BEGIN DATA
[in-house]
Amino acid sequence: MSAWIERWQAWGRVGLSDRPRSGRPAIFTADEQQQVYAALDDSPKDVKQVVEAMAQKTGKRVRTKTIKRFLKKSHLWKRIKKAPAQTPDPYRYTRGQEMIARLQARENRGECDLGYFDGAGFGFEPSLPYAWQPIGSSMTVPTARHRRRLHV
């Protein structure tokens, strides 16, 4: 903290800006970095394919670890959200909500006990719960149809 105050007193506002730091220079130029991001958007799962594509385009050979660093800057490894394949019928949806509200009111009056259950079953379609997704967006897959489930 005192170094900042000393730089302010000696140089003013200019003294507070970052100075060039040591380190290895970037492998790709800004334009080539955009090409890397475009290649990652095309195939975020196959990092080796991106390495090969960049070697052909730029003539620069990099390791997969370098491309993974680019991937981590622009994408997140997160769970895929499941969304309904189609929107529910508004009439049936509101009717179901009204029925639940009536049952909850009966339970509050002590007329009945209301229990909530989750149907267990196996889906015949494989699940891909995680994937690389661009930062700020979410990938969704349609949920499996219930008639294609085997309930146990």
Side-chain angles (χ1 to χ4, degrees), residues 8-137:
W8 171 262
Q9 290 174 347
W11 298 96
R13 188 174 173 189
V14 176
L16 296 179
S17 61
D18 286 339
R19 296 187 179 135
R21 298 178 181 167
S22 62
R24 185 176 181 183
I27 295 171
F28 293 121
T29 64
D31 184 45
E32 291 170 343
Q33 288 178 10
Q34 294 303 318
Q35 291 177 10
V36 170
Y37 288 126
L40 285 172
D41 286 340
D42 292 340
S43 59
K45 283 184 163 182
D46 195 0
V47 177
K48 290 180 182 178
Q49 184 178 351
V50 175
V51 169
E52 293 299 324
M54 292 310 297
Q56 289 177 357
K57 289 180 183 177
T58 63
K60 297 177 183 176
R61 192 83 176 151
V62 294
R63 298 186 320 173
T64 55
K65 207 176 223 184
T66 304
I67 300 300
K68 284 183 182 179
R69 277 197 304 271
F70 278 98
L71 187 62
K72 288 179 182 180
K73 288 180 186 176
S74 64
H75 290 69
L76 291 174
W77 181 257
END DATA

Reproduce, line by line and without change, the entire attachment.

[in-house]
Amino acid sequence: MSAWIERWQAWGRVGLSDRPRSGRPAIFTADEQQQVYAALDDSPKDVKQVVEAMAQKTGKRVRTKTIKRFLKKSHLWKRIKKAPAQTPDPYRYTRGQEMIARLQARENRGECDLGYFDGAGFGFEPSLPYAWQPIGSSMTVPTARHRRRLHV
């Protein structure tokens, strides 16, 4: 903290800006970095394919670890959200909500006990719960149809 105050007193506002730091220079130029991001958007799962594509385009050979660093800057490894394949019928949806509200009111009056259950079953379609997704967006897959489930 005192170094900042000393730089302010000696140089003013200019003294507070970052100075060039040591380190290895970037492998790709800004334009080539955009090409890397475009290649990652095309195939975020196959990092080796991106390495090969960049070697052909730029003539620069990099390791997969370098491309993974680019991937981590622009994408997140997160769970895929499941969304309904189609929107529910508004009439049936509101009717179901009204029925639940009536049952909850009966339970509050002590007329009945209301229990909530989750149907267990196996889906015949494989699940891909995680994937690389661009930062700020979410990938969704349609949920499996219930008639294609085997309930146990």
Side-chain angles (χ1 to χ4, degrees), residues 8-137:
W8 171 262
Q9 290 174 347
W11 298 96
R13 188 174 173 189
V14 176
L16 296 179
S17 61
D18 286 339
R19 296 187 179 135
R21 298 178 181 167
S22 62
R24 185 176 181 183
I27 295 171
F28 293 121
T29 64
D31 184 45
E32 291 170 343
Q33 288 178 10
Q34 294 303 318
Q35 291 177 10
V36 170
Y37 288 126
L40 285 172
D41 286 340
D42 292 340
S43 59
K45 283 184 163 182
D46 195 0
V47 177
K48 290 180 182 178
Q49 184 178 351
V50 175
V51 169
E52 293 299 324
M54 292 310 297
Q56 289 177 357
K57 289 180 183 177
T58 63
K60 297 177 183 176
R61 192 83 176 151
V62 294
R63 298 186 320 173
T64 55
K65 207 176 223 184
T66 304
I67 300 300
K68 284 183 182 179
R69 277 197 304 271
F70 278 98
L71 187 62
K72 288 179 182 180
K73 288 180 186 176
S74 64
H75 290 69
L76 291 174
W77 181 257